More San Francisco buildings linked to unlicensed fire alarm tech: 2 Investigates

The San Francisco Fire Department has warned numerous building owners and tenants their fire alarm systems need to be re-evaluated after a 2 Investigates report in May, which exposed an unlicensed fire alarm technician who signed off on a faulty system.

That technician, Tom Jue, admitted that he has been working without a license for years. He was the one who signed off on the fire alarm system at a Mission District apartment building that caught fire in 2015, but the alarm never went off, according to witnesses.

Back in 2015, the building in the 3200 block of 22nd Street erupted in flames killing one man and injuring several more people, including a firefighter. The cause of the fire is believed to be accidental, but tenants said the alarm failed to go off and possibly contributed to the death of 38-year-old Mauricio Orellana.

MAP: Unlicensed technician worked on several San Francisco building

Despite admitting to working without a license in a 2016 court deposition, 2 Investigates has learned that Jue continued to work on San Francisco fire alarm systems as recently as March of this year.

Firefighters and building owners rely on the certification stickers issued by fire alarm technicians, which ensure the systems are operational and serviced appropriately.

After the story aired, 2 Investigates learned that there are more than a half dozen other properties around San Francisco with alarm systems serviced by Jue. KTVU received multiple calls concerned buildings owners and fellow fire alarm technicians who say they saw similar issues in other buildings.

“The story ran, and [my colleague] got flooded with calls by concerned property managers,” said Nick Vezmar, a certified San Francisco fire alarm technician who has found issues with Jue’s work at multiple San Francisco properties he has personally worked on.

“We had whole apartment buildings with no notification knowing whether their fire alarm system was working in the building,” he said. “If someone wanted to notify or activate the alarm, they couldn’t.”

2 Investigates also obtained internal emails from the San Francisco Fire Department where fire officials identified at least seven additional properties of concern with fire alarms serviced by Jue. A May 14 email from a fire captain instructs any crews who discover inspections or maintenance work associated with Jue to report it to higher-ups through the department’s chain of command.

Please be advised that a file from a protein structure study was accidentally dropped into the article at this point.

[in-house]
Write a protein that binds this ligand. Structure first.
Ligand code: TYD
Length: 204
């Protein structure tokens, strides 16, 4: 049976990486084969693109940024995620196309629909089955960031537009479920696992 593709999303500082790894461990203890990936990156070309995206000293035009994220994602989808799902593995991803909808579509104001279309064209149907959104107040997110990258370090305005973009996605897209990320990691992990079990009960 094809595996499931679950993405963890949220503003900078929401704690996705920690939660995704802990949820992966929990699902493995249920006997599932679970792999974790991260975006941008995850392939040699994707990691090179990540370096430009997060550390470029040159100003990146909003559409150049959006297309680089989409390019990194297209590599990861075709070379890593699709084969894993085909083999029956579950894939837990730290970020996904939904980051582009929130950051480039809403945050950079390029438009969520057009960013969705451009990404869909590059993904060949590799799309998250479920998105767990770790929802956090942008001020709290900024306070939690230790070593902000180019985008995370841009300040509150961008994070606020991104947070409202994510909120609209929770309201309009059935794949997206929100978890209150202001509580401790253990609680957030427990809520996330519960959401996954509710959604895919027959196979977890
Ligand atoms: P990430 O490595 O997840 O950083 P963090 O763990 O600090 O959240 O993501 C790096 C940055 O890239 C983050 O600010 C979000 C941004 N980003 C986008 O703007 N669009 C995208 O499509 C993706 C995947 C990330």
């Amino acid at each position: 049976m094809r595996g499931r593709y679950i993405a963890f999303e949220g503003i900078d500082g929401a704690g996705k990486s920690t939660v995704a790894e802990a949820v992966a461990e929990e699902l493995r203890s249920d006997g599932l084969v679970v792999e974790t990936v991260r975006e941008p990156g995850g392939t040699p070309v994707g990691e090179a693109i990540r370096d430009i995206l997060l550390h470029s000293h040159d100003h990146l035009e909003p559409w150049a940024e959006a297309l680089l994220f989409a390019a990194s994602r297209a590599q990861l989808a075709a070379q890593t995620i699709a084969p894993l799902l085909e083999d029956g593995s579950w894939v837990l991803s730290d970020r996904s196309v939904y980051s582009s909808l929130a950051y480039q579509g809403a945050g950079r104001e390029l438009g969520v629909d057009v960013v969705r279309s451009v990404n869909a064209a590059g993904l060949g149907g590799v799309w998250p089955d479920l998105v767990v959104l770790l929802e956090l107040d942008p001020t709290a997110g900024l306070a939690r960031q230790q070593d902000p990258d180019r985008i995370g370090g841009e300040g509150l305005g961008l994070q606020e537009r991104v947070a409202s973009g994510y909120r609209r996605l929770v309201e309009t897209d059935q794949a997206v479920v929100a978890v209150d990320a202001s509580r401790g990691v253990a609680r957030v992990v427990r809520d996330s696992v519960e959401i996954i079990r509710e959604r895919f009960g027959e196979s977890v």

2 Investigates visited multiple locations -- including four apartment buildings, an elementary school, a business building and a gymnastics club for children -- and found alarm certification stickers with Jue’s signature on them. Many of the tenants and employees said they had no idea there could be a problem with their fire alarm system.

“That’s really trippy,” said one property manager. “Kind of scary…yeah, no clue. Got to get that double checked.”

After multiple unreturned calls and requests for an interview, 2 Investigates found Jue in front of his home in the Miraloma neighborhood of San Francisco. He did not answer questions regarding why he continued to work without a license or if there are any other properties the public should be concerned about. Instead, he recorded the 2 Investigates team with his cell phone and said he didn’t “want to be harassed.”

The San Francisco Fire Department has not provided an update on their investigation into Jue. The Contractors State License Board told 2 Investigates they have an open investigation but could not disclose any details.

The San Francisco District Attorney’s office also says it currently has a criminal investigation underway. There are no new updates.

Jue and the Mission District building owner, Hawk Lou, were sued by the family of the man who died in the 2015 Mission fire. Both men settled the wrongful death case, paying a total of more than a million dollars, the family’s attorney confirms.